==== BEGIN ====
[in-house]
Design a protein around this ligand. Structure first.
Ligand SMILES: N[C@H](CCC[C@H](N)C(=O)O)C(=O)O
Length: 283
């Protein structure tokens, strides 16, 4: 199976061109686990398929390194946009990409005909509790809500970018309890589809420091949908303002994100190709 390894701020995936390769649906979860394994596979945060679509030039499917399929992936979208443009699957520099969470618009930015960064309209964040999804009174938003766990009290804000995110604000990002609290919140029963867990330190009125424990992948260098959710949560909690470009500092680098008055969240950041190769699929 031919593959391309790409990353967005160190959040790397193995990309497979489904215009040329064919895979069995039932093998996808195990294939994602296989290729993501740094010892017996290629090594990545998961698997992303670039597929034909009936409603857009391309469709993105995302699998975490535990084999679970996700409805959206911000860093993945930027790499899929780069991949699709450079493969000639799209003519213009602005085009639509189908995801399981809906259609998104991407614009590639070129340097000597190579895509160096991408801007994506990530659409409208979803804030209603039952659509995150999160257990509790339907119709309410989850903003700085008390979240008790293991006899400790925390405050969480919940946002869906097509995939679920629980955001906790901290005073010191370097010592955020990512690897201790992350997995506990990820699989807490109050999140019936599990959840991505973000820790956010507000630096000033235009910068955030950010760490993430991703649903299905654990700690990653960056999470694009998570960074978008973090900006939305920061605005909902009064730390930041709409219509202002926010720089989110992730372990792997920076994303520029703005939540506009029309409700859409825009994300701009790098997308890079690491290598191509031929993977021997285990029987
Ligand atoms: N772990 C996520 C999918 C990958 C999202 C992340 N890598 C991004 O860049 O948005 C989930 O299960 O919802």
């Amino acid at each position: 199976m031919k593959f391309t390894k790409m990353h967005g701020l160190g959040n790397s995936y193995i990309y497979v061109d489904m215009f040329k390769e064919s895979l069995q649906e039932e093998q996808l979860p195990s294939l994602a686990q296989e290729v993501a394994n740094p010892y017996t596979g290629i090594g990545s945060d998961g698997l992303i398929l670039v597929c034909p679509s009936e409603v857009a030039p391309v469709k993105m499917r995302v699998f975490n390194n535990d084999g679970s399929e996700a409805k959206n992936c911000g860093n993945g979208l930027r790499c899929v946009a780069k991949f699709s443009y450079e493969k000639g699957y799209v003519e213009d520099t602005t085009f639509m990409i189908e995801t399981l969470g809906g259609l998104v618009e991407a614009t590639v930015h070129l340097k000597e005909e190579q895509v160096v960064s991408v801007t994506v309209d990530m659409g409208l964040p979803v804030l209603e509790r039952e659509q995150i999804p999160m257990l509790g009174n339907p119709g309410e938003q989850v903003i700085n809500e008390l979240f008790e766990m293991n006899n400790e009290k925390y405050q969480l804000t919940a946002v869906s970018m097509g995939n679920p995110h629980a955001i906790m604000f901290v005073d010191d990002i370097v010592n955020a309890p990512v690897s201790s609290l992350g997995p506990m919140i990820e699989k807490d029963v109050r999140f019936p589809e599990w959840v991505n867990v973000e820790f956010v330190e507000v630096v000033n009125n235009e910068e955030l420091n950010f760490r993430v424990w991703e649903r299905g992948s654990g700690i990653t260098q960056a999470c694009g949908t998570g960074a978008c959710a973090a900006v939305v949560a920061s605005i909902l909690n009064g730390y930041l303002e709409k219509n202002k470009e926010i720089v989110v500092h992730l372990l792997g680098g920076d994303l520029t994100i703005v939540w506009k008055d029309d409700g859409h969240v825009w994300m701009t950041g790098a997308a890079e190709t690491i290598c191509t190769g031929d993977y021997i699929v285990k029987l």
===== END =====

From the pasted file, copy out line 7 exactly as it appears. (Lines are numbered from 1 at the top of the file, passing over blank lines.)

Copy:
């Amino acid at each position: 199976m031919k593959f391309t390894k790409m990353h967005g701020l160190g959040n790397s995936y193995i990309y497979v061109d489904m215009f040329k390769e064919s895979l069995q649906e039932e093998q996808l979860p195990s294939l994602a686990q296989e290729v993501a394994n740094p010892y017996t596979g290629i090594g990545s945060d998961g698997l992303i398929l670039v597929c034909p679509s009936e409603v857009a030039p391309v469709k993105m499917r995302v699998f975490n390194n535990d084999g679970s399929e996700a409805k959206n992936c911000g860093n993945g979208l930027r790499c899929v946009a780069k991949f699709s443009y450079e493969k000639g699957y799209v003519e213009d520099t602005t085009f639509m990409i189908e995801t399981l969470g809906g259609l998104v618009e991407a614009t590639v930015h070129l340097k000597e005909e190579q895509v160096v960064s991408v801007t994506v309209d990530m659409g409208l964040p979803v804030l209603e509790r039952e659509q995150i999804p999160m257990l509790g009174n339907p119709g309410e938003q989850v903003i700085n809500e008390l979240f008790e766990m293991n006899n400790e009290k925390y405050q969480l804000t919940a946002v869906s970018m097509g995939n679920p995110h629980a955001i906790m604000f901290v005073d010191d990002i370097v010592n955020a309890p990512v690897s201790s609290l992350g997995p506990m919140i990820e699989k807490d029963v109050r999140f019936p589809e599990w959840v991505n867990v973000e820790f956010v330190e507000v630096v000033n009125n235009e910068e955030l420091n950010f760490r993430v424990w991703e649903r299905g992948s654990g700690i990653t260098q960056a999470c694009g949908t998570g960074a978008c959710a973090a900006v939305v949560a920061s605005i909902l909690n009064g730390y930041l303002e709409k219509n202002k470009e926010i720089v989110v500092h992730l372990l792997g680098g920076d994303l520029t994100i703005v939540w506009k008055d029309d409700g859409h969240v825009w994300m701009t950041g790098a997308a890079e190709t690491i290598c191509t190769g031929d993977y021997i699929v285990k029987l």